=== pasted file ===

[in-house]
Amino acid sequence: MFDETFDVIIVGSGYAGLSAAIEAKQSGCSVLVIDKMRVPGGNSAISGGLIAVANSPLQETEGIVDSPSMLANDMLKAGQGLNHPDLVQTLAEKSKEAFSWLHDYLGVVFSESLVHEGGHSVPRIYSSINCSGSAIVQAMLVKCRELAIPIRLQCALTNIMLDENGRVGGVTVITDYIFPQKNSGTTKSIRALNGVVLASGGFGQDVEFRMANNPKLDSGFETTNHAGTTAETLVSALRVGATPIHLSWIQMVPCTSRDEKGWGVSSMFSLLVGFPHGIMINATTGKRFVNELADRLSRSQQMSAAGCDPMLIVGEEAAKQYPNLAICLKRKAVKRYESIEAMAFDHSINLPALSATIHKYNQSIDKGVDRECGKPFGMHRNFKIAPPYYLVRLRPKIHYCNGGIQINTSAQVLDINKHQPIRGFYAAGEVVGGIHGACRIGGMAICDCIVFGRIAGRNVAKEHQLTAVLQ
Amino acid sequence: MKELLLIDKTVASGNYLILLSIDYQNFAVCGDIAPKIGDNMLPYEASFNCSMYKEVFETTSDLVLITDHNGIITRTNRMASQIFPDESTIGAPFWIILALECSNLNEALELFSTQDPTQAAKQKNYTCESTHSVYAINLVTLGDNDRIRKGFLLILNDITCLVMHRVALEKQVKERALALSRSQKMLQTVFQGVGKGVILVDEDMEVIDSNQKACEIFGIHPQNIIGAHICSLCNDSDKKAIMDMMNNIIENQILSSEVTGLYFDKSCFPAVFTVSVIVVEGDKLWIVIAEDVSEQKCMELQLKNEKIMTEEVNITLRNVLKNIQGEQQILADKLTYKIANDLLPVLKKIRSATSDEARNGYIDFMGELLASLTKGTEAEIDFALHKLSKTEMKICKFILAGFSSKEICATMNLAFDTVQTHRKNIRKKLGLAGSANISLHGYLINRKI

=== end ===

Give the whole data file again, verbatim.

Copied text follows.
[in-house]
Amino acid sequence: MFDETFDVIIVGSGYAGLSAAIEAKQSGCSVLVIDKMRVPGGNSAISGGLIAVANSPLQETEGIVDSPSMLANDMLKAGQGLNHPDLVQTLAEKSKEAFSWLHDYLGVVFSESLVHEGGHSVPRIYSSINCSGSAIVQAMLVKCRELAIPIRLQCALTNIMLDENGRVGGVTVITDYIFPQKNSGTTKSIRALNGVVLASGGFGQDVEFRMANNPKLDSGFETTNHAGTTAETLVSALRVGATPIHLSWIQMVPCTSRDEKGWGVSSMFSLLVGFPHGIMINATTGKRFVNELADRLSRSQQMSAAGCDPMLIVGEEAAKQYPNLAICLKRKAVKRYESIEAMAFDHSINLPALSATIHKYNQSIDKGVDRECGKPFGMHRNFKIAPPYYLVRLRPKIHYCNGGIQINTSAQVLDINKHQPIRGFYAAGEVVGGIHGACRIGGMAICDCIVFGRIAGRNVAKEHQLTAVLQ
Amino acid sequence: MKELLLIDKTVASGNYLILLSIDYQNFAVCGDIAPKIGDNMLPYEASFNCSMYKEVFETTSDLVLITDHNGIITRTNRMASQIFPDESTIGAPFWIILALECSNLNEALELFSTQDPTQAAKQKNYTCESTHSVYAINLVTLGDNDRIRKGFLLILNDITCLVMHRVALEKQVKERALALSRSQKMLQTVFQGVGKGVILVDEDMEVIDSNQKACEIFGIHPQNIIGAHICSLCNDSDKKAIMDMMNNIIENQILSSEVTGLYFDKSCFPAVFTVSVIVVEGDKLWIVIAEDVSEQKCMELQLKNEKIMTEEVNITLRNVLKNIQGEQQILADKLTYKIANDLLPVLKKIRSATSDEARNGYIDFMGELLASLTKGTEAEIDFALHKLSKTEMKICKFILAGFSSKEICATMNLAFDTVQTHRKNIRKKLGLAGSANISLHGYLINRKI